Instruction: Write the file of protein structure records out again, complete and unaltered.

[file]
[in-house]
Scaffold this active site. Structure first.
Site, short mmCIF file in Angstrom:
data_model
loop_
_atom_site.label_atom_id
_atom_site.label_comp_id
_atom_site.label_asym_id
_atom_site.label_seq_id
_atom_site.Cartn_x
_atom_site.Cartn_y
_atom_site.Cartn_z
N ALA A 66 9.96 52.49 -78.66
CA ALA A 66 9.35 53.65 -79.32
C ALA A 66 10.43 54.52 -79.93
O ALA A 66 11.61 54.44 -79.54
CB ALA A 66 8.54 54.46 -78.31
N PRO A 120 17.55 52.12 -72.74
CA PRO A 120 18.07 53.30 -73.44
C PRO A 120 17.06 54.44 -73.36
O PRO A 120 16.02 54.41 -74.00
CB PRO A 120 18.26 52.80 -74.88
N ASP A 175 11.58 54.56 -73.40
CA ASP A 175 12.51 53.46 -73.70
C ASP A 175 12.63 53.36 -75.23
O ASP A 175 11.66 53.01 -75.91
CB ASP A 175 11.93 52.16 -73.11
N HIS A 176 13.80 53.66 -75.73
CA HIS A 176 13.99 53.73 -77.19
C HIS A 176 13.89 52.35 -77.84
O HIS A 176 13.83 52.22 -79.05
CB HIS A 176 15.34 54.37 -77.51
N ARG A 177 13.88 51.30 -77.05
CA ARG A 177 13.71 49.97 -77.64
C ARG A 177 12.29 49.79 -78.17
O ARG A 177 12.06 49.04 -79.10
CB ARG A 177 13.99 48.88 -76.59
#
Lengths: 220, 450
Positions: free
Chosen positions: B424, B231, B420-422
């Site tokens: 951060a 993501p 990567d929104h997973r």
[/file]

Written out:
[in-house]
Scaffold this active site. Structure first.
Site, short mmCIF file in Angstrom:
data_model
loop_
_atom_site.label_atom_id
_atom_site.label_comp_id
_atom_site.label_asym_id
_atom_site.label_seq_id
_atom_site.Cartn_x
_atom_site.Cartn_y
_atom_site.Cartn_z
N ALA A 66 9.96 52.49 -78.66
CA ALA A 66 9.35 53.65 -79.32
C ALA A 66 10.43 54.52 -79.93
O ALA A 66 11.61 54.44 -79.54
CB ALA A 66 8.54 54.46 -78.31
N PRO A 120 17.55 52.12 -72.74
CA PRO A 120 18.07 53.30 -73.44
C PRO A 120 17.06 54.44 -73.36
O PRO A 120 16.02 54.41 -74.00
CB PRO A 120 18.26 52.80 -74.88
N ASP A 175 11.58 54.56 -73.40
CA ASP A 175 12.51 53.46 -73.70
C ASP A 175 12.63 53.36 -75.23
O ASP A 175 11.66 53.01 -75.91
CB ASP A 175 11.93 52.16 -73.11
N HIS A 176 13.80 53.66 -75.73
CA HIS A 176 13.99 53.73 -77.19
C HIS A 176 13.89 52.35 -77.84
O HIS A 176 13.83 52.22 -79.05
CB HIS A 176 15.34 54.37 -77.51
N ARG A 177 13.88 51.30 -77.05
CA ARG A 177 13.71 49.97 -77.64
C ARG A 177 12.29 49.79 -78.17
O ARG A 177 12.06 49.04 -79.10
CB ARG A 177 13.99 48.88 -76.59
#
Lengths: 220, 450
Positions: free
Chosen positions: B424, B231, B420-422
């Site tokens: 951060a 993501p 990567d929104h997973r």